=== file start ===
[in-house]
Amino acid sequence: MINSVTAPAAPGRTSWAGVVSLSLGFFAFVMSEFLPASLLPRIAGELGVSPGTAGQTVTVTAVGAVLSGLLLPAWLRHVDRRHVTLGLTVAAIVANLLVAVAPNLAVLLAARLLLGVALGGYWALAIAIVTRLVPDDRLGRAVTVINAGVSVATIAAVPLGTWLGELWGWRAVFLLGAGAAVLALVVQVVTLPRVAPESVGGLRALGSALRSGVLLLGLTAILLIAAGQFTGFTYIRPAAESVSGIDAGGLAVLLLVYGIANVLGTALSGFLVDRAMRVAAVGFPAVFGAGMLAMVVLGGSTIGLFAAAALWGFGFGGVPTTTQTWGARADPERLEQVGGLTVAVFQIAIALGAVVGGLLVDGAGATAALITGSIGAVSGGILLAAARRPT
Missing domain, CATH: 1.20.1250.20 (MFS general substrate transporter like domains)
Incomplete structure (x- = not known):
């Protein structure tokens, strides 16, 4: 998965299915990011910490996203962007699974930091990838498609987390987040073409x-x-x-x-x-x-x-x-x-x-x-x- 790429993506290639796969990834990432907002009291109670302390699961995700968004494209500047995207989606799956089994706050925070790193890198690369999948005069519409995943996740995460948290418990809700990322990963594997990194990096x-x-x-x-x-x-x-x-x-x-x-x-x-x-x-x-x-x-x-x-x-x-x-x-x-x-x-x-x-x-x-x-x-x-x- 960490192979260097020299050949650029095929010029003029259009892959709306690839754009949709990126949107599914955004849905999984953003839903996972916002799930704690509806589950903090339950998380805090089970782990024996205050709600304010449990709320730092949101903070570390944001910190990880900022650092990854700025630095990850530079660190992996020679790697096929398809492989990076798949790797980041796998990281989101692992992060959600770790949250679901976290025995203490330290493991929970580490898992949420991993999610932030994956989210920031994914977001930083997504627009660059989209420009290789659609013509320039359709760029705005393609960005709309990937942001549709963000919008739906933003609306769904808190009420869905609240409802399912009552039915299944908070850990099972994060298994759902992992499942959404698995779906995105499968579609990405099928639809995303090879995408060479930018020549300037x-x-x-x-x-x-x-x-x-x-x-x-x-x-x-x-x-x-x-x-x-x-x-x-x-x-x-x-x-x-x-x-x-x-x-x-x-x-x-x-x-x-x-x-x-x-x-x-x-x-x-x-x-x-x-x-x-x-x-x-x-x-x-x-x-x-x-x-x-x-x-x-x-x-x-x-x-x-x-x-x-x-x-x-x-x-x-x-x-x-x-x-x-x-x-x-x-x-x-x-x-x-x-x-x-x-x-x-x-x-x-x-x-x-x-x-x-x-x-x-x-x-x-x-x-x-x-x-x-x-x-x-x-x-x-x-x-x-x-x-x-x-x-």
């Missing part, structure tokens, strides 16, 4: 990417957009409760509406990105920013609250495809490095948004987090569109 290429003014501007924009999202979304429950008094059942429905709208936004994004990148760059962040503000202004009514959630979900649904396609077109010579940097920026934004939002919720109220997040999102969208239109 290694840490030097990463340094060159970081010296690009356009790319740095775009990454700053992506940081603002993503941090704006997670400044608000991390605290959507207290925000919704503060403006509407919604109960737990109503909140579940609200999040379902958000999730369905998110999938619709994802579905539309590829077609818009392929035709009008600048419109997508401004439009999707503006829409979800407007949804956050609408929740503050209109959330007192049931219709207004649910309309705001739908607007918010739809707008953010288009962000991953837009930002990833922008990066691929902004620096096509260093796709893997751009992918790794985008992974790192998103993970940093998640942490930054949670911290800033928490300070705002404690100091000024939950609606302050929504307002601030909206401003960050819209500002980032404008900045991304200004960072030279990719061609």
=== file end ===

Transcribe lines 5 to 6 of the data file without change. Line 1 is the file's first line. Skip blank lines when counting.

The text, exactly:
């Protein structure tokens, strides 16, 4: 998965299915990011910490996203962007699974930091990838498609987390987040073409x-x-x-x-x-x-x-x-x-x-x-x- 790429993506290639796969990834990432907002009291109670302390699961995700968004494209500047995207989606799956089994706050925070790193890198690369999948005069519409995943996740995460948290418990809700990322990963594997990194990096x-x-x-x-x-x-x-x-x-x-x-x-x-x-x-x-x-x-x-x-x-x-x-x-x-x-x-x-x-x-x-x-x-x-x- 960490192979260097020299050949650029095929010029003029259009892959709306690839754009949709990126949107599914955004849905999984953003839903996972916002799930704690509806589950903090339950998380805090089970782990024996205050709600304010449990709320730092949101903070570390944001910190990880900022650092990854700025630095990850530079660190992996020679790697096929398809492989990076798949790797980041796998990281989101692992992060959600770790949250679901976290025995203490330290493991929970580490898992949420991993999610932030994956989210920031994914977001930083997504627009660059989209420009290789659609013509320039359709760029705005393609960005709309990937942001549709963000919008739906933003609306769904808190009420869905609240409802399912009552039915299944908070850990099972994060298994759902992992499942959404698995779906995105499968579609990405099928639809995303090879995408060479930018020549300037x-x-x-x-x-x-x-x-x-x-x-x-x-x-x-x-x-x-x-x-x-x-x-x-x-x-x-x-x-x-x-x-x-x-x-x-x-x-x-x-x-x-x-x-x-x-x-x-x-x-x-x-x-x-x-x-x-x-x-x-x-x-x-x-x-x-x-x-x-x-x-x-x-x-x-x-x-x-x-x-x-x-x-x-x-x-x-x-x-x-x-x-x-x-x-x-x-x-x-x-x-x-x-x-x-x-x-x-x-x-x-x-x-x-x-x-x-x-x-x-x-x-x-x-x-x-x-x-x-x-x-x-x-x-x-x-x-x-x-x-x-x-x-």
């Missing part, structure tokens, strides 16, 4: 990417957009409760509406990105920013609250495809490095948004987090569109 290429003014501007924009999202979304429950008094059942429905709208936004994004990148760059962040503000202004009514959630979900649904396609077109010579940097920026934004939002919720109220997040999102969208239109 290694840490030097990463340094060159970081010296690009356009790319740095775009990454700053992506940081603002993503941090704006997670400044608000991390605290959507207290925000919704503060403006509407919604109960737990109503909140579940609200999040379902958000999730369905998110999938619709994802579905539309590829077609818009392929035709009008600048419109997508401004439009999707503006829409979800407007949804956050609408929740503050209109959330007192049931219709207004649910309309705001739908607007918010739809707008953010288009962000991953837009930002990833922008990066691929902004620096096509260093796709893997751009992918790794985008992974790192998103993970940093998640942490930054949670911290800033928490300070705002404690100091000024939950609606302050929504307002601030909206401003960050819209500002980032404008900045991304200004960072030279990719061609």